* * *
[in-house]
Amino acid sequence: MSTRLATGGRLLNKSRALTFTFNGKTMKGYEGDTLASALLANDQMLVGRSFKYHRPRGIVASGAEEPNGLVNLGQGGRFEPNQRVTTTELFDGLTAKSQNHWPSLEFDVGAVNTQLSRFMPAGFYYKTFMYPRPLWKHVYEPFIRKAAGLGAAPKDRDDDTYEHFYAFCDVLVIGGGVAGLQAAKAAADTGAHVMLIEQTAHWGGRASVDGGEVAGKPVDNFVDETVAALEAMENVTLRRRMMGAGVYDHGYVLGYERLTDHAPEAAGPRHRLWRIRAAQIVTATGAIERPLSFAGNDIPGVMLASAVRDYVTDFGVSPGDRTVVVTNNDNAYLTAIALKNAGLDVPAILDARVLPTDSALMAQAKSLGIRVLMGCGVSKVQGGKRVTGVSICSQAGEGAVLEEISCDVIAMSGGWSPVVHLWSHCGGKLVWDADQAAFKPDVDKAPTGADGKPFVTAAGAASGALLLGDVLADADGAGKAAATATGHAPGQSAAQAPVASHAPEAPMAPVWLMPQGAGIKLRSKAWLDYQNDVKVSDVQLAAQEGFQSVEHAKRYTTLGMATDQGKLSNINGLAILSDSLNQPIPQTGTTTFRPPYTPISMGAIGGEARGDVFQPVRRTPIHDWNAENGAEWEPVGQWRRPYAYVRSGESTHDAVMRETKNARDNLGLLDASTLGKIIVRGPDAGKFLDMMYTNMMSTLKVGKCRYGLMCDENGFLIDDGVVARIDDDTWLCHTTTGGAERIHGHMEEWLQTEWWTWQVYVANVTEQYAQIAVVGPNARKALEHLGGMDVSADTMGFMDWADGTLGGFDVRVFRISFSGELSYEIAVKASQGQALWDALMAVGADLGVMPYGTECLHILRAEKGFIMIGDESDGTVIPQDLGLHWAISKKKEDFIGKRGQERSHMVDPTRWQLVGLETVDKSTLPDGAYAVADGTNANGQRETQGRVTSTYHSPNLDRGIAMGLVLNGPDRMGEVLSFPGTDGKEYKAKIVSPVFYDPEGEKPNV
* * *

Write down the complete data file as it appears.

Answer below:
[in-house]
Amino acid sequence: MSTRLATGGRLLNKSRALTFTFNGKTMKGYEGDTLASALLANDQMLVGRSFKYHRPRGIVASGAEEPNGLVNLGQGGRFEPNQRVTTTELFDGLTAKSQNHWPSLEFDVGAVNTQLSRFMPAGFYYKTFMYPRPLWKHVYEPFIRKAAGLGAAPKDRDDDTYEHFYAFCDVLVIGGGVAGLQAAKAAADTGAHVMLIEQTAHWGGRASVDGGEVAGKPVDNFVDETVAALEAMENVTLRRRMMGAGVYDHGYVLGYERLTDHAPEAAGPRHRLWRIRAAQIVTATGAIERPLSFAGNDIPGVMLASAVRDYVTDFGVSPGDRTVVVTNNDNAYLTAIALKNAGLDVPAILDARVLPTDSALMAQAKSLGIRVLMGCGVSKVQGGKRVTGVSICSQAGEGAVLEEISCDVIAMSGGWSPVVHLWSHCGGKLVWDADQAAFKPDVDKAPTGADGKPFVTAAGAASGALLLGDVLADADGAGKAAATATGHAPGQSAAQAPVASHAPEAPMAPVWLMPQGAGIKLRSKAWLDYQNDVKVSDVQLAAQEGFQSVEHAKRYTTLGMATDQGKLSNINGLAILSDSLNQPIPQTGTTTFRPPYTPISMGAIGGEARGDVFQPVRRTPIHDWNAENGAEWEPVGQWRRPYAYVRSGESTHDAVMRETKNARDNLGLLDASTLGKIIVRGPDAGKFLDMMYTNMMSTLKVGKCRYGLMCDENGFLIDDGVVARIDDDTWLCHTTTGGAERIHGHMEEWLQTEWWTWQVYVANVTEQYAQIAVVGPNARKALEHLGGMDVSADTMGFMDWADGTLGGFDVRVFRISFSGELSYEIAVKASQGQALWDALMAVGADLGVMPYGTECLHILRAEKGFIMIGDESDGTVIPQDLGLHWAISKKKEDFIGKRGQERSHMVDPTRWQLVGLETVDKSTLPDGAYAVADGTNANGQRETQGRVTSTYHSPNLDRGIAMGLVLNGPDRMGEVLSFPGTDGKEYKAKIVSPVFYDPEGEKPNV